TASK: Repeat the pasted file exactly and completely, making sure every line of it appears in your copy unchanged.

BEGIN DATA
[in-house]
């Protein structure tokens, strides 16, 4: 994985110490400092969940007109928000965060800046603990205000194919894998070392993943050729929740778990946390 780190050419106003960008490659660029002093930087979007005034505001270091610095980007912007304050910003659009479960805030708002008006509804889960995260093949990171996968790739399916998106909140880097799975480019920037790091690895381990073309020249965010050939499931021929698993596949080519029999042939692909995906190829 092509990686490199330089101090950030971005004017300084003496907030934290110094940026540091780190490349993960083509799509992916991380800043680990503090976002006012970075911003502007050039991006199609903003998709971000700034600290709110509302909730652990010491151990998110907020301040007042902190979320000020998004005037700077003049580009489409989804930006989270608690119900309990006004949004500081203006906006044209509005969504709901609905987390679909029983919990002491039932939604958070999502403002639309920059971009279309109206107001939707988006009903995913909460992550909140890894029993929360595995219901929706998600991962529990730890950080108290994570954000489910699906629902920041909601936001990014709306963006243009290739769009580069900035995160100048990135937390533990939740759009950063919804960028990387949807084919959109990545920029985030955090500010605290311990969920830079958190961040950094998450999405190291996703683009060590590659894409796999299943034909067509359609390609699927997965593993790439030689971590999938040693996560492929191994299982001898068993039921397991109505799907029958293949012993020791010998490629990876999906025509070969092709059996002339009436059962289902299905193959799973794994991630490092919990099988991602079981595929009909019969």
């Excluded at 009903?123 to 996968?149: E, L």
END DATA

[in-house]
């Protein structure tokens, strides 16, 4: 994985110490400092969940007109928000965060800046603990205000194919894998070392993943050729929740778990946390 780190050419106003960008490659660029002093930087979007005034505001270091610095980007912007304050910003659009479960805030708002008006509804889960995260093949990171996968790739399916998106909140880097799975480019920037790091690895381990073309020249965010050939499931021929698993596949080519029999042939692909995906190829 092509990686490199330089101090950030971005004017300084003496907030934290110094940026540091780190490349993960083509799509992916991380800043680990503090976002006012970075911003502007050039991006199609903003998709971000700034600290709110509302909730652990010491151990998110907020301040007042902190979320000020998004005037700077003049580009489409989804930006989270608690119900309990006004949004500081203006906006044209509005969504709901609905987390679909029983919990002491039932939604958070999502403002639309920059971009279309109206107001939707988006009903995913909460992550909140890894029993929360595995219901929706998600991962529990730890950080108290994570954000489910699906629902920041909601936001990014709306963006243009290739769009580069900035995160100048990135937390533990939740759009950063919804960028990387949807084919959109990545920029985030955090500010605290311990969920830079958190961040950094998450999405190291996703683009060590590659894409796999299943034909067509359609390609699927997965593993790439030689971590999938040693996560492929191994299982001898068993039921397991109505799907029958293949012993020791010998490629990876999906025509070969092709059996002339009436059962289902299905193959799973794994991630490092919990099988991602079981595929009909019969």
């Excluded at 009903?123 to 996968?149: E, L």